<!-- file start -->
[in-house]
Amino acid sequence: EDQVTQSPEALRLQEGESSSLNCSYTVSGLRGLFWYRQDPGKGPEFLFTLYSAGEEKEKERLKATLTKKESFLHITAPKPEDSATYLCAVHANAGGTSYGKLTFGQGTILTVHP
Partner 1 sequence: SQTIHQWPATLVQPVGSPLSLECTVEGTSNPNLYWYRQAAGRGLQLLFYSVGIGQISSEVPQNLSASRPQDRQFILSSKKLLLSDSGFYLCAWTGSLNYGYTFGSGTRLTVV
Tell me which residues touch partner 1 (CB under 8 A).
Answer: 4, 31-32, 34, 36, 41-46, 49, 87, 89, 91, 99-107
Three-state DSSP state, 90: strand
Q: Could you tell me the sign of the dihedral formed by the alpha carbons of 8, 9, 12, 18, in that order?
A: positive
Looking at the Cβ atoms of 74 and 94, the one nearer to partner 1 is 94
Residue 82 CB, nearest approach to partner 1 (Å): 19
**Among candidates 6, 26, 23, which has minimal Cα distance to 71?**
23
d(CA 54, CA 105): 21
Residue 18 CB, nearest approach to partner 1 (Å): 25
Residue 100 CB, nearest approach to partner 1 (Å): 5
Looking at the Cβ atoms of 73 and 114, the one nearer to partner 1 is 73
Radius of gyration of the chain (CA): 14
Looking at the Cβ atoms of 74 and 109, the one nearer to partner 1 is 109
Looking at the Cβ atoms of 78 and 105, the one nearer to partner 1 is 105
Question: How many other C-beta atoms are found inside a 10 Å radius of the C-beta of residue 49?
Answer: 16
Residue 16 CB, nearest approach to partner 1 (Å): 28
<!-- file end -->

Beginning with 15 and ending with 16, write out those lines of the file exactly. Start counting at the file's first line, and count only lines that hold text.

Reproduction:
Residue 100 CB, nearest approach to partner 1 (Å): 5
Looking at the Cβ atoms of 73 and 114, the one nearer to partner 1 is 73